“I was supposed to become a diplomat because I had grown up outside of the country,” she recalls. “My father worked for the Standard Oil Company, I was born in North Africa and grew up on the island of Aruba in the Caribbean. Because of my experiences abroad, I thought I would try and become a diplomat and I studied that at Cornell University. I took the state department exams and they said I would be very unhappy because I was too idealistic. I’d been very politically active against the Vietnam war and was supporting Martin Luther King in the South.” Schoonmaker then went to Columbia University for a year of graduate work. One day she was looking through The New York Times and saw an ad: “Willing to train assistant film editor.” “It was very, very rare for that to be in the Times,” Schoonmaker continues. “Most people get their jobs by word of mouth. And it turned out to be an old hack who was butchering the films of Visconti, Fellini and Antonioni for late night television. He would take out a reel of ROCCO AND HIS BROTHERS (1960) to make it fit in with the time slot! I said, ‘You can’t do that!,’ and he said, ‘No one looks at this stuff anyways…’” Yet through her training, Schoonmaker would get to watch Truffault’s SHOOT THE PIANO PLAYER (1960) backwards and forwards over and over again, and began understanding how films were made. She then read about New York University, which had a six week summer course. Martin Scorsese was already in attendance, making student films. “Marty wouldn’t have been there the next year because he was graduating, so I wouldn’t have met him and my whole life would have been different (laughs),” Thelma says. “Then Marty introduced me to my husband of many years (Michael Powell, the director of THE RED SHOES and PEEPING TOM), which was another wonderful stroke of fate.”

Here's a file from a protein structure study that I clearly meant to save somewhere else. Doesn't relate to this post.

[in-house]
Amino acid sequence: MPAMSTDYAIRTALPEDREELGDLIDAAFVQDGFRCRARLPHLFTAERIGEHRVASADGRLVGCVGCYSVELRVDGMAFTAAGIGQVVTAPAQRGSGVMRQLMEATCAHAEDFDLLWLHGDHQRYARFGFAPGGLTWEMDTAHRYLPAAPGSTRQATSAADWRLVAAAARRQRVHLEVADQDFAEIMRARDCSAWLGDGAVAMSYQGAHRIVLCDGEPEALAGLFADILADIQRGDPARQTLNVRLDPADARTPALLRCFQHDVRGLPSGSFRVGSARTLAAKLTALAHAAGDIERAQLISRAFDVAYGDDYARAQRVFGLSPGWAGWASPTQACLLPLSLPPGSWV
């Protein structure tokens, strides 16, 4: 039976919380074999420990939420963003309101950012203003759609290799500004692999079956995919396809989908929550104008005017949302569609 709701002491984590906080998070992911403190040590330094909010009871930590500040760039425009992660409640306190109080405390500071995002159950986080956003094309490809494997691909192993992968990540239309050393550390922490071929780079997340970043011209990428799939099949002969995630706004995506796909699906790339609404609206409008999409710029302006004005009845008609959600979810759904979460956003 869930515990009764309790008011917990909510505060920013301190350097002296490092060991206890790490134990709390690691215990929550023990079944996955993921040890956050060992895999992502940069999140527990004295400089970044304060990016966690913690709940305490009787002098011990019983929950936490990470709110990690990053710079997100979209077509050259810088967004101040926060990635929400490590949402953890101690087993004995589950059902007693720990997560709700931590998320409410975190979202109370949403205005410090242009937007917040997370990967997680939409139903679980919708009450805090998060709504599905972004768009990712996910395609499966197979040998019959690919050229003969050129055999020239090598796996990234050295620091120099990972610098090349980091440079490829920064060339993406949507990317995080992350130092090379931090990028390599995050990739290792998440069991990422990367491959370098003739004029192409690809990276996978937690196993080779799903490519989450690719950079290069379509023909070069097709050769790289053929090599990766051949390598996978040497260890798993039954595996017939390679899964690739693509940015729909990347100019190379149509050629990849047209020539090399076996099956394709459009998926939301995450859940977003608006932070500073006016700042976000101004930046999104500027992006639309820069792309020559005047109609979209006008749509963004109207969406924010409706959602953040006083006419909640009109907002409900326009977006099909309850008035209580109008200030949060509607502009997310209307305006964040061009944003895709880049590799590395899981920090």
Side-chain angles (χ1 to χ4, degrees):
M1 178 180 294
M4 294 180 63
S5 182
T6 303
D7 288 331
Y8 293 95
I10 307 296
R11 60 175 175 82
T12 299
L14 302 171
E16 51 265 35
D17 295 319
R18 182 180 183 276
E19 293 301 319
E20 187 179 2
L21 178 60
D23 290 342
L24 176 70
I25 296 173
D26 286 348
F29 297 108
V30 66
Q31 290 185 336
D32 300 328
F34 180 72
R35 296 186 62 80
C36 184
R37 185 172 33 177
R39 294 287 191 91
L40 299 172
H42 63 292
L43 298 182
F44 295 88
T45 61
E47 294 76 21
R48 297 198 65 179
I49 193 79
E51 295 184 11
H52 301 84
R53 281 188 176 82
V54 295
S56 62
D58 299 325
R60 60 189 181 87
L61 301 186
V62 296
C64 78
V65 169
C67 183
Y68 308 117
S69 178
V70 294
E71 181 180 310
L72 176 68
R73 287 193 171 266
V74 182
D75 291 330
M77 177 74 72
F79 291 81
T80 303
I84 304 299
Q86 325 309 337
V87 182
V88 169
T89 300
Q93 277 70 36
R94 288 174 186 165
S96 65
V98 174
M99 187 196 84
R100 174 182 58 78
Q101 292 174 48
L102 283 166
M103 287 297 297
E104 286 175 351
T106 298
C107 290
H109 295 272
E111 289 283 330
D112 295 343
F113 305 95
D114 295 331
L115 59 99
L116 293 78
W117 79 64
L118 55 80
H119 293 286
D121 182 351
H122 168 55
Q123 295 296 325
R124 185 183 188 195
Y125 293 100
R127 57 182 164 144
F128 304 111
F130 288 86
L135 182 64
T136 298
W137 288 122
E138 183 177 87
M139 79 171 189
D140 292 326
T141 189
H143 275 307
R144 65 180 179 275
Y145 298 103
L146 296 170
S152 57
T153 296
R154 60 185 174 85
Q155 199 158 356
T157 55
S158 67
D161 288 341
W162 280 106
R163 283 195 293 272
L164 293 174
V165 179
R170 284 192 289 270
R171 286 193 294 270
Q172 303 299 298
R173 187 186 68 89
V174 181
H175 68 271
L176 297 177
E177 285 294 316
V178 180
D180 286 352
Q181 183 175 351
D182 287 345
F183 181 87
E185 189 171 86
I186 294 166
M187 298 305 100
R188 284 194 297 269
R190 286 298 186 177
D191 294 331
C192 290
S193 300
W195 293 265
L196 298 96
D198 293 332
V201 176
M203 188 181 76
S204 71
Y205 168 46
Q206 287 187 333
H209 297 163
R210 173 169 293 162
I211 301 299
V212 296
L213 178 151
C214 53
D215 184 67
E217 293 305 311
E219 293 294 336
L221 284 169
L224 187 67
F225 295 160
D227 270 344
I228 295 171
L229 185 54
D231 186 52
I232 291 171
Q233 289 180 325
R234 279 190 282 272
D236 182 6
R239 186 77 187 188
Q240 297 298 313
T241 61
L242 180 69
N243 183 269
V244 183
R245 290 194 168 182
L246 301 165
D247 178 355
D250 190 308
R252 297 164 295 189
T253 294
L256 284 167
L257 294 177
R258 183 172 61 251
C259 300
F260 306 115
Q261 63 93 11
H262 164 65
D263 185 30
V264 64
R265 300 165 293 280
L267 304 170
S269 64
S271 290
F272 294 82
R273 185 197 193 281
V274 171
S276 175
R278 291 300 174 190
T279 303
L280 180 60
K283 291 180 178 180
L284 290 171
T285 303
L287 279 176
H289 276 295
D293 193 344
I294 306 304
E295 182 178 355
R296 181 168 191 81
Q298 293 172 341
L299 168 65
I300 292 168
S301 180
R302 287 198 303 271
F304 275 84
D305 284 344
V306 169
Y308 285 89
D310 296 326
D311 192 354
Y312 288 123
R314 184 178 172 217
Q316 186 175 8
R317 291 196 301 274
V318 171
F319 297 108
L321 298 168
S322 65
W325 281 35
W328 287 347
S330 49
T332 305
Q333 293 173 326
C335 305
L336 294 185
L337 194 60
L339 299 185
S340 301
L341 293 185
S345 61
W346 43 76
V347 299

Thelma and Marty first worked together at NYU when Scorsese was shooting his first full-length feature, WHO’S THAT KNOCKING AT MY DOOR? (1967). Schoonmaker, along with a number of other NYU students, pitched in to help out. “He had no money, his parents had given him all of their life’s saving for WHO’S THAT KNOCKING…, which was extremely daring of them, a real act of courage and belief,” she says. As for her first impressions of Marty, “He’s always been a night person,” Schoonmaker continues. “He would tend to want to come in late and work very late into the night, which was not my biorhythm (laughs)! I was the sort of person who liked to go to bed around eleven! So I had to adjust that, but it was very clear, right from the first second you met Marty that he was destined to be a director. I mean, he was just dying to make movies, he could not wait almost. He had such a great vision and so many ideas bursting out of him, it was very clear he was going to really make a mark. He was very intense at that time and very driven. Now I know him in a different way. He’s got a fantastic sense of humor, he’s a great teacher and socially can be fascinating, but at the time I remember him being very serious, very intense and just determined (laughs) to make the films that were burning inside of him.” Marty and Thelma have been different personalities from the word go, and it’s part of what makes their working relationship conductive for creativity. “I think when you often look at a lot of collaborations, you’ll often find that when people are different personalities, when you rub those two things together good things come out of it,” she says. “Marty’s impulsive and highly emotional, and I am more calm and I think someone who’s a director with his kind of vision needs someone to help them carry it out. And it’s a good thing if that person is not like them because they probably couldn’t be in the same room together! Marty really likes someone who has a perspective different than his. He’s been living with the movie so much longer than me. He’s conceived it, researched it, co-wrote it, he was in pre-production, he shot it, so he’s been in it for a long, long time. So he needs a fresh eye to say, ‘I don’t understand that,’ or ‘Maybe that’s not working as well as it could.’”